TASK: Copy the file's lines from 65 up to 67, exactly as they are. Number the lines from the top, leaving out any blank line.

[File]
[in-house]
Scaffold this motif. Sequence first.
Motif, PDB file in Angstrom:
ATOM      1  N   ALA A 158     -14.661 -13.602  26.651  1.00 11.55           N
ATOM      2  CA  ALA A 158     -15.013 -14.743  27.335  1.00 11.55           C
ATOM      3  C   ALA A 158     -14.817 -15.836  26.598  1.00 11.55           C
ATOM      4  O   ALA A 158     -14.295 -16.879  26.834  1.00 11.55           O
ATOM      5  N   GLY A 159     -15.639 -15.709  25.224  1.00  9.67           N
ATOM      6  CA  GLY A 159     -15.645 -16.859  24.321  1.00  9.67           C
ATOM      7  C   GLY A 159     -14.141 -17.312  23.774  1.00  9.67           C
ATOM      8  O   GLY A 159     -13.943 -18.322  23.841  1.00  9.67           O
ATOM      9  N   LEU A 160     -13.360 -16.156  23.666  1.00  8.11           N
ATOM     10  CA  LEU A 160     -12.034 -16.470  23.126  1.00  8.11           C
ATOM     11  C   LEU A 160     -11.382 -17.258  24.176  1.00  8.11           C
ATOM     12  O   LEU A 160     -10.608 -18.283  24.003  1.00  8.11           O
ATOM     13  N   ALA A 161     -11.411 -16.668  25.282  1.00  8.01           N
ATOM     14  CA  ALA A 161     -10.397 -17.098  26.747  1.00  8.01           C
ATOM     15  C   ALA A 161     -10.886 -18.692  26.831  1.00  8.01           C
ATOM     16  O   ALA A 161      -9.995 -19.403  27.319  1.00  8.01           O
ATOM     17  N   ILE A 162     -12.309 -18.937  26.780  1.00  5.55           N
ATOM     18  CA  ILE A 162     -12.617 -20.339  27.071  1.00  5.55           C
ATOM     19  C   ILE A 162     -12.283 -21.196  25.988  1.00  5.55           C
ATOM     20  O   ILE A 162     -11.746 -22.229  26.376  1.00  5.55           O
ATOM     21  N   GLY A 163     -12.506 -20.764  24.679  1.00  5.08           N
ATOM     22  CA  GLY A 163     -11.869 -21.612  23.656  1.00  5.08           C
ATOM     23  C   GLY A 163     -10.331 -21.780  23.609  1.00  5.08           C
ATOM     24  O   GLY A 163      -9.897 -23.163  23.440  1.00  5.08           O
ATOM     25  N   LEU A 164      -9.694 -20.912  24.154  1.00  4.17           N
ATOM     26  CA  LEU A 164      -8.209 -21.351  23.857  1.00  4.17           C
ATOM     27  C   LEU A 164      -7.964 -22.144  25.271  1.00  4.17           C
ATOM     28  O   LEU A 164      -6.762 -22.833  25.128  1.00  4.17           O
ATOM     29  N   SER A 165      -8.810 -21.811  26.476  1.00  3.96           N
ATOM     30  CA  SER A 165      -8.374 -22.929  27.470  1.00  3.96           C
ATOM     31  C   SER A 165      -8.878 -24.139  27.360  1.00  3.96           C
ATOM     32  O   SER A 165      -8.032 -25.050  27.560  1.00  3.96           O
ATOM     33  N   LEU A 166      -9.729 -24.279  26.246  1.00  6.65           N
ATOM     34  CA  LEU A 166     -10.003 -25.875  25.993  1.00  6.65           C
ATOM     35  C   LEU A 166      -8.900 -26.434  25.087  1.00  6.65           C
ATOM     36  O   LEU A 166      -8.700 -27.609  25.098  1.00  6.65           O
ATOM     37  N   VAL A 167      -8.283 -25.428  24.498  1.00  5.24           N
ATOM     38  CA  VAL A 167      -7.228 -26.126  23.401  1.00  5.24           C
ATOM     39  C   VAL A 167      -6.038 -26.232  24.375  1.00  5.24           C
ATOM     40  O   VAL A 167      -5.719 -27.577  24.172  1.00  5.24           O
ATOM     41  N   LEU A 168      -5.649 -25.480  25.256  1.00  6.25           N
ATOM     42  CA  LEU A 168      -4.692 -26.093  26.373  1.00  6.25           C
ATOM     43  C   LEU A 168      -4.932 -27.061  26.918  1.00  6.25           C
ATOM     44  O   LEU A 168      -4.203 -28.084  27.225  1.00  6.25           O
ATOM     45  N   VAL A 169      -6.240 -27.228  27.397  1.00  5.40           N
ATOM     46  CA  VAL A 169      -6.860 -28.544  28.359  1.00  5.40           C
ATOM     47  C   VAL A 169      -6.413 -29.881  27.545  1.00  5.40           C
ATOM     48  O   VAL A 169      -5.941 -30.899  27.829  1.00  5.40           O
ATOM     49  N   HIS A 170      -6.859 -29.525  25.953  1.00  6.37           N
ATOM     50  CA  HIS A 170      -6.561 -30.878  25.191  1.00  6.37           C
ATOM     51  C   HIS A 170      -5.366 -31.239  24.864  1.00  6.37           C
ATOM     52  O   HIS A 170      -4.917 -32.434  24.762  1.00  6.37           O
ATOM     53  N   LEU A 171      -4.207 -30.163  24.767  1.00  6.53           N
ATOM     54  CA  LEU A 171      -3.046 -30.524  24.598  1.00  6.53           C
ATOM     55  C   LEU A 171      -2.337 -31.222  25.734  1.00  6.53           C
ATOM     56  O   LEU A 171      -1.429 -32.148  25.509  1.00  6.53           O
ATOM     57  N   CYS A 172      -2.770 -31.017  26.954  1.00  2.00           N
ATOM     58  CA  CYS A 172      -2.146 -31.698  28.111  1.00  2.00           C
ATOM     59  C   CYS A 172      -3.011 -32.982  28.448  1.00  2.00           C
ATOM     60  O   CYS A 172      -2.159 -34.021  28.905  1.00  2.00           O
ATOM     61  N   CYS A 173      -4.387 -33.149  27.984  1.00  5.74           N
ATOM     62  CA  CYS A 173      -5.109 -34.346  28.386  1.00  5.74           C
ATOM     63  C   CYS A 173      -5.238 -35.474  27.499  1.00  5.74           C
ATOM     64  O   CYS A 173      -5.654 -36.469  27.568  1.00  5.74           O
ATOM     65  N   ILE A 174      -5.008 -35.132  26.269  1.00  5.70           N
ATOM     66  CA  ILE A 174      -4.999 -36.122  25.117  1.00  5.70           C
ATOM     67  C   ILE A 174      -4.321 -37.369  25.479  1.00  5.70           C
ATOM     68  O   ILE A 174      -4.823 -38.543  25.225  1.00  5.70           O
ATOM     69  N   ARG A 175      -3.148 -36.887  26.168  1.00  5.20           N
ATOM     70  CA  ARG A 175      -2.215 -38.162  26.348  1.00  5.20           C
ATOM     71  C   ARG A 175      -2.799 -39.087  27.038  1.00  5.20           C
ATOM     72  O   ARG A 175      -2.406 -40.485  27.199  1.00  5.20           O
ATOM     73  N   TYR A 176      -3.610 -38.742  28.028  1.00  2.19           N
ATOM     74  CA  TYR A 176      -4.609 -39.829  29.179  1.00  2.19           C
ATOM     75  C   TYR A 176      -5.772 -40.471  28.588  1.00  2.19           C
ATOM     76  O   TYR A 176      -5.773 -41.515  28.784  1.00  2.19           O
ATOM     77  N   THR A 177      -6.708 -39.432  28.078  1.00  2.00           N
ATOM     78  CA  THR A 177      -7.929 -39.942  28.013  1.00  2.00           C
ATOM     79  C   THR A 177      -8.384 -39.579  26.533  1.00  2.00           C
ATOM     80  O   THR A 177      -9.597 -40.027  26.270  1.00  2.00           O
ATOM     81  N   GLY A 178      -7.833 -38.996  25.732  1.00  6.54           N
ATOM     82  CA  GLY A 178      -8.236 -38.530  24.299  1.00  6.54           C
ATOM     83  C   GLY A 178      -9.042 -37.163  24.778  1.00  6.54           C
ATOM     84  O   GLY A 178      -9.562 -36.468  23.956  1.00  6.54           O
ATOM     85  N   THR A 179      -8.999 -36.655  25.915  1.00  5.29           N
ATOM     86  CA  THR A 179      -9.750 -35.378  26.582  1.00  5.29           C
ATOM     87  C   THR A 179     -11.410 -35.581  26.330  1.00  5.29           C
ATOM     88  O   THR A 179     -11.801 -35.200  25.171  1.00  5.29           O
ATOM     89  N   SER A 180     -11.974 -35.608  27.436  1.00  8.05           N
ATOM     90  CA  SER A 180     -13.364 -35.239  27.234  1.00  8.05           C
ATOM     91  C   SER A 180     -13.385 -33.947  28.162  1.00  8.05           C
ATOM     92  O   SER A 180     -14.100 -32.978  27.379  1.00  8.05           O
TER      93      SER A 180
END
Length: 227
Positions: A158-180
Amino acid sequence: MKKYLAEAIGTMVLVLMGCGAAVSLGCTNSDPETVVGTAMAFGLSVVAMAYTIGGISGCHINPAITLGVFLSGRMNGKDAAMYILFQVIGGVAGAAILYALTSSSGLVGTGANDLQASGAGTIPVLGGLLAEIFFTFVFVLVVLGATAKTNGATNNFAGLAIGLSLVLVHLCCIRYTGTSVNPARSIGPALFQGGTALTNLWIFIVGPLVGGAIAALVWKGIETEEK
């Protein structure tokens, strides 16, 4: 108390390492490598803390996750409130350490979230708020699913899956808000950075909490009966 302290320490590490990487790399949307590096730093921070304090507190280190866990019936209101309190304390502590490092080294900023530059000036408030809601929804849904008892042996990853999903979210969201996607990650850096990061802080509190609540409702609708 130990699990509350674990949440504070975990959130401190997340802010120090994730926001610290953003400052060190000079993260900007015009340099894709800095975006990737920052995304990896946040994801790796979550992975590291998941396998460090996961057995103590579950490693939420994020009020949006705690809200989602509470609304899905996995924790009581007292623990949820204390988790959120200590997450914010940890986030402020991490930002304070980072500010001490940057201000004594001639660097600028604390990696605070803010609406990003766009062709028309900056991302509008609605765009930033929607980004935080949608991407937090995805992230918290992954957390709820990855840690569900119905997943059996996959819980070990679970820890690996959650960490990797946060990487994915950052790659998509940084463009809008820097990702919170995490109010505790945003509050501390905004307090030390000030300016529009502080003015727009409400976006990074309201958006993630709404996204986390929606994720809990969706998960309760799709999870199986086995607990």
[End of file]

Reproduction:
ATOM     62  CA  CYS A 173      -5.109 -34.346  28.386  1.00  5.74           C
ATOM     63  C   CYS A 173      -5.238 -35.474  27.499  1.00  5.74           C
ATOM     64  O   CYS A 173      -5.654 -36.469  27.568  1.00  5.74           O